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Compare the best pole saws

Find a saw that'll go out on a limb for you.

Have a trimming or pruning job that’s way up in the air? A pole saw can offer a safer and more convenient solution than using a chainsaw or hand pruners on a ladder.

The right type of pole saw for you depends on factors like how often you plan to use it, your experience level and what you’ll be cutting.

Compare some of the best pole saws

NameAverage priceTypeMax extension (feet)Weight (pounds)Blade length (inches)Engine/motorPurchase
Friskars PowerLever $46Manual14615N/ABuy now
Echo PPF-225 $439Gas7.812.81021.2 cubic centimetersBuy now
Greenworks 20672$142Cordless89.2840 voltsBuy now
Sun Joe SWJ800E $66Electric157.786.5 ampsBuy now
BLACK+DECKER LPP120 $139Cordless1014.4820 voltsBuy now
Data obtained May 2019. Prices are subject to change and should be used only as a general guide.

What is a pole saw?

Pole saws consist of a manual or powered saw on the end of an extendable pole. Their primary use is to prune or trim high branches or shrubs that are hard or impossible to reach with a ladder or other means.

Types of pole saws

You’ll find a variety of pole saw types, and the right choice for you will depend on your experience level and what you want to use the saw for.

TypeDescriptionBest forProsCons
GasConsists of a gas engine and a small chainsaw bladeLarge jobs and professionals
  • The most powerful option
  • Long run time on a tank of gas
  • Portable
  • Can be heavy
  • Loud
ElectricPowered by electricity and need to be plugged inAverage-sized yards
  • Lighter than gas models
  • Little maintenance
  • Unlimited run time while plugged in
  • Restricted by cord length
  • Not as powerful as gas models
CordlessRuns on a batteryOccasional use
  • Low maintenance
  • Portable
  • Short run time on one charge
  • Less powerful than corded or gas
CombinationA multitool that allows the saw to be detached from the pole; can also be used as a small chainsaw or hedge trimmersSmaller tasks around the yard
  • Several tools in one
  • Can be cost effective
  • Detachable chainsaw best for small jobs
  • May be less powerful than other options
ManualConsists of a long pole with a curved hacksaw blade at the endTrimming and pruning trees with minimal damage
  • More control
  • Safer
  • Inexpensive
  • Requires more physical effort to use
  • Less cutting power

How to compare pole saws

Consider these main features of a pole saw when comparing models:

  • Price. Prices can range from around $40 for a manual model to $500 for an advanced gas-powered version. For the average homeowner, a mid-range model should be sufficient.
  • Length. Pole saws can extend anywhere from eight to 30 or more inches. Consider the height of the trees or shrubs you plan to trim to figure out the length of pole you need. Always go by the maximum extension, rather than the reach, as some manufacturers factor in the height of the person using the saw to come up with the reach figure.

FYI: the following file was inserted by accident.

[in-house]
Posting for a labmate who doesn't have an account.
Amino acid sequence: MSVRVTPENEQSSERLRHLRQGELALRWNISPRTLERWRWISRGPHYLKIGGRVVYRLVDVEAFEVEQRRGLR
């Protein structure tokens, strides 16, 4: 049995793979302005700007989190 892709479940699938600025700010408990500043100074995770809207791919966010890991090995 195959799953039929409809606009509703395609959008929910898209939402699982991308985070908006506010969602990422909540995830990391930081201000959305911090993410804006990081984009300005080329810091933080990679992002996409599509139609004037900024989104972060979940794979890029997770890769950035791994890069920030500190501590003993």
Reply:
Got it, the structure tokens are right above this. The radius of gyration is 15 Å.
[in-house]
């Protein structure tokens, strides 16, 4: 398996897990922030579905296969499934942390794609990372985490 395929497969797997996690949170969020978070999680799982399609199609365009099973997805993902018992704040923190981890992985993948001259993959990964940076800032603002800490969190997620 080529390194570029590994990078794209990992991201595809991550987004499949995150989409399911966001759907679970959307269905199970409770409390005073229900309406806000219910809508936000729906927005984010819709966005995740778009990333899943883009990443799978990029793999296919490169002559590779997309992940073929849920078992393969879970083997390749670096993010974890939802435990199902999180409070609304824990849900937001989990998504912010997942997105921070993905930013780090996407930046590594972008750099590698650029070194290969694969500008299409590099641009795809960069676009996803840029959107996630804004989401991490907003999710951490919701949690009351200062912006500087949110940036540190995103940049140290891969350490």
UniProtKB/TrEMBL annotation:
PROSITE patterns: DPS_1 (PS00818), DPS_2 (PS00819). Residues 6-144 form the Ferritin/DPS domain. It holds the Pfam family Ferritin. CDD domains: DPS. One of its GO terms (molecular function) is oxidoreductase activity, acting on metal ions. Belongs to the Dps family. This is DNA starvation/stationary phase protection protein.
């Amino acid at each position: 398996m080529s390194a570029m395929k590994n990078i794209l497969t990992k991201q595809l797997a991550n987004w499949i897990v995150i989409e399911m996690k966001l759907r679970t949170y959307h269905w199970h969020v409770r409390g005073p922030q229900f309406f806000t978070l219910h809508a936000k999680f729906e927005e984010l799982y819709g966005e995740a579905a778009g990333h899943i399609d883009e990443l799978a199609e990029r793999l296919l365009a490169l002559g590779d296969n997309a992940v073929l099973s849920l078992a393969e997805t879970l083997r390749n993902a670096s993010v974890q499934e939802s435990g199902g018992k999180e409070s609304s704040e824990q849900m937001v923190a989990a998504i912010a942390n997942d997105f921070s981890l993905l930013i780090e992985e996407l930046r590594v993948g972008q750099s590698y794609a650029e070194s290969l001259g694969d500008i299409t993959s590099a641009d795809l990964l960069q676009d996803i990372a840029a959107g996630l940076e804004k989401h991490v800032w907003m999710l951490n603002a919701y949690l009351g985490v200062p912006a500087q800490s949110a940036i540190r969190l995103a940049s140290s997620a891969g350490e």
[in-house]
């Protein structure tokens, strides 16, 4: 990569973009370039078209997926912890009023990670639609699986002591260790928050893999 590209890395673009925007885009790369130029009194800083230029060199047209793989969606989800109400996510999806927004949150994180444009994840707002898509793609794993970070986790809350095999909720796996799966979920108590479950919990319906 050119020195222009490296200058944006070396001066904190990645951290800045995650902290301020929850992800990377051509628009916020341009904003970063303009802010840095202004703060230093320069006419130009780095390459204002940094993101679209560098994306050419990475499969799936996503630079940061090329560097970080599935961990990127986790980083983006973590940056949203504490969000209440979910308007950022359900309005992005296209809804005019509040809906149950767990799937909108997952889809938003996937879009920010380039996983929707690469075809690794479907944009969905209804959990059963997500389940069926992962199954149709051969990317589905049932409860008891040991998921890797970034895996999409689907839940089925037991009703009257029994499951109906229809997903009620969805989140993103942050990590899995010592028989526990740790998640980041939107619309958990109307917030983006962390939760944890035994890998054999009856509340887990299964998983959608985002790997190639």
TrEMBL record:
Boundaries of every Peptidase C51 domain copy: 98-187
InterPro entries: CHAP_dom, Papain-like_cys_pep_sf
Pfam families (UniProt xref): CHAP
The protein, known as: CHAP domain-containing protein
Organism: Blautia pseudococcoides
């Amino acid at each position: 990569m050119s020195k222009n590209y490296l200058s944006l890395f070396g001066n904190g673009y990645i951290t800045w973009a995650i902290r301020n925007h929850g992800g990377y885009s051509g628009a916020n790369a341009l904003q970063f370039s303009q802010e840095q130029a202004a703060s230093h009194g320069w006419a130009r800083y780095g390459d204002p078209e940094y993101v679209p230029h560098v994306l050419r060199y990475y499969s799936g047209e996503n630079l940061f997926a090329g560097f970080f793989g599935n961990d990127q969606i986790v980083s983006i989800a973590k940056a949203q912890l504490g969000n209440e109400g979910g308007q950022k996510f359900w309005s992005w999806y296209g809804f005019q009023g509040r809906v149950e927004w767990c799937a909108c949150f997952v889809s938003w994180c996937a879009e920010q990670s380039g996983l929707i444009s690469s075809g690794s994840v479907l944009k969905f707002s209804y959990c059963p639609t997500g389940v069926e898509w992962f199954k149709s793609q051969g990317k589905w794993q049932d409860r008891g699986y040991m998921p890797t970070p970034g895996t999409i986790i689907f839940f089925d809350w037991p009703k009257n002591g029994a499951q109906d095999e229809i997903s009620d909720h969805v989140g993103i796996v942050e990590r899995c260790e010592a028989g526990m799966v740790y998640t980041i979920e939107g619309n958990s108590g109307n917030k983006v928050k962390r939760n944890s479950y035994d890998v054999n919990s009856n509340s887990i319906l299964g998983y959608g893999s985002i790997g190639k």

• Blade. The blades on powered pole saws work like small chainsaws, with a rotating chain that spins around the circumference of the bar. These blades come in different bar sizes, which typically range from four to 10 inches. The blades on manual pole saws are stationary and rely on your manpower in order to cut.
  • Weight. Gas-powered saws are usually heavier than corded models, and manual saws are the lightest options. Consider how much weight you can reasonably control when choosing a pole saw.
  • Extra features. Some higher-end models come with extra bells and whistles like an automatic chain lubrication feature, adjustable angle head, anti-vibration handle and removable extensions for easier storage.

How to use a pole saw

Read the manual that came with your saw for specific operating and running instructions. These are just general guidelines for using a pole saw.

  1. Clear a large space beneath the area where you’ll be working on and ensure that no people or pets will enter it while you work.
  2. Most cuts require your blade to be placed above the branch you’re trimming.
  3. You may need to make several preliminary cuts to reduce the weight of the branch before removing it completely.
  4. Hold the pole at chest level and stand to the side of the limb you’re cutting, not directly beneath it.
  5. Start slowly and deliberately to create a groove in the branch. This will help to control your saw through the remainder of the cut.
  6. Keep your eyes on the branch throughout the cut, and be ready to move out of the way if necessary.
  7. Clear your work area before cutting another branch.

Pole saw safety tips

Keep these important safety tips in mind when using your pole saw to help prevent injuries:

  • Wear proper safety gear, like goggles, work boots, leather gloves and a hard hat.
  • Do not cut more than your saw can handle. Most models are designed to only cut limbs that are a few inches thick.
  • Never work on branches near or above power lines.
  • If using an extension cord, make sure it’s rated for outdoor use.
  • Only cut one limb or branch at a time.
  • Watch for kickback and spring-back. Make several smaller cuts if necessary to reduce the weight of the branch.

Bottom line

A pole saw can be handy for cutting high limbs, branches and shrubs. There are quite a few types and models to choose from, so it’s worth doing a little research before buying to make sure you’re getting the best fit for your specific needs.

Ready to buy? Compare top pole saws

Not sure if a pole saw is the right tool for the job? Compare popular chainsaws instead.

How did we choose these products?

We performed online research, comparing the type, size, price and overall features of popular pole saws to create our list of the best ones. We also factored in third-party product reviews to round out our research.

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